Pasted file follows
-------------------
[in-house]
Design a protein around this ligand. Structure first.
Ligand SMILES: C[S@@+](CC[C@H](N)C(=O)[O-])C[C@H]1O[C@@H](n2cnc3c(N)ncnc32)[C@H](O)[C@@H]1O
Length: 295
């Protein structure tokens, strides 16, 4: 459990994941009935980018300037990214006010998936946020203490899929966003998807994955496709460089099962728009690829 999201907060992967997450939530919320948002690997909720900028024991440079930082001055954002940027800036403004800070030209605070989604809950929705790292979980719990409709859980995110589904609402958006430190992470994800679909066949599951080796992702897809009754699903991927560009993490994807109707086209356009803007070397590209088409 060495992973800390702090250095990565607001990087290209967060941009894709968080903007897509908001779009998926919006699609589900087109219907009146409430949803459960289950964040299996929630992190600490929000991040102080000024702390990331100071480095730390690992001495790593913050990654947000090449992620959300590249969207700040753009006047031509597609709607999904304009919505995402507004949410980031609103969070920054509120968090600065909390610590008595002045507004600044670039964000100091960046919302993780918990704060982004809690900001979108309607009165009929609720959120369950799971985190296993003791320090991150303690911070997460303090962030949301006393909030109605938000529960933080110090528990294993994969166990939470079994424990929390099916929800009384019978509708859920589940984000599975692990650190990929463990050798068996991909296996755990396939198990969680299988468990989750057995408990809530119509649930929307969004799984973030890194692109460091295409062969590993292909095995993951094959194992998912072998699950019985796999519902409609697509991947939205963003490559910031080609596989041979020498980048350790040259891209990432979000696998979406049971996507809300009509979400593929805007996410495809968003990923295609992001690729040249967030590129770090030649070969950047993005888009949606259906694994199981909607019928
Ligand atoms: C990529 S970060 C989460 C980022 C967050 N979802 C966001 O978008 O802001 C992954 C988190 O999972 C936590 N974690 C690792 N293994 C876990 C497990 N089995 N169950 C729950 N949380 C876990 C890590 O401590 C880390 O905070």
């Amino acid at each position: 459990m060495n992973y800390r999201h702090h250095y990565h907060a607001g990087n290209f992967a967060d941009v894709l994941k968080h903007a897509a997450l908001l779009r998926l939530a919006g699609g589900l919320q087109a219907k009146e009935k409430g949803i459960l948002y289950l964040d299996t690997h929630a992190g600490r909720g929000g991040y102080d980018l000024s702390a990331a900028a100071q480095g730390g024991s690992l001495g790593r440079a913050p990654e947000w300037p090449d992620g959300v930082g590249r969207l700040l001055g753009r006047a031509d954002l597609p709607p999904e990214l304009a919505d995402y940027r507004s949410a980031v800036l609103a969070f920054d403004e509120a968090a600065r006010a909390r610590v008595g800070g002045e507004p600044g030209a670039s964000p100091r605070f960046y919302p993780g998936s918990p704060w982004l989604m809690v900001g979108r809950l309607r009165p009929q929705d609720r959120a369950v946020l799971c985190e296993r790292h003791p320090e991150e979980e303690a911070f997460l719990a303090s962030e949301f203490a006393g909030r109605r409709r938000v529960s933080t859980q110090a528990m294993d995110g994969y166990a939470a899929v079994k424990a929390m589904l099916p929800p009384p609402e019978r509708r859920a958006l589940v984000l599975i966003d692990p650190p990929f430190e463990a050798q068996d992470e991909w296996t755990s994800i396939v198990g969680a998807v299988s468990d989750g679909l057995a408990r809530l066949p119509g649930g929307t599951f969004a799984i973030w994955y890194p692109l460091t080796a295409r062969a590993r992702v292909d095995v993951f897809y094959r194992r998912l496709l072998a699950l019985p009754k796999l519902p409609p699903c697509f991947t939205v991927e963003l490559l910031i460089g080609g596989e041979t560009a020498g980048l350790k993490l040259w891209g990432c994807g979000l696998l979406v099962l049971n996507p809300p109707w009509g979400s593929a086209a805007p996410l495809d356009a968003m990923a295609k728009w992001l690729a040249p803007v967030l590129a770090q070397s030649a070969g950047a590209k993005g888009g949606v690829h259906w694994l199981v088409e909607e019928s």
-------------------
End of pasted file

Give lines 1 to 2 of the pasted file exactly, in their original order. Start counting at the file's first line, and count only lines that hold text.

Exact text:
[in-house]
Design a protein around this ligand. Structure first.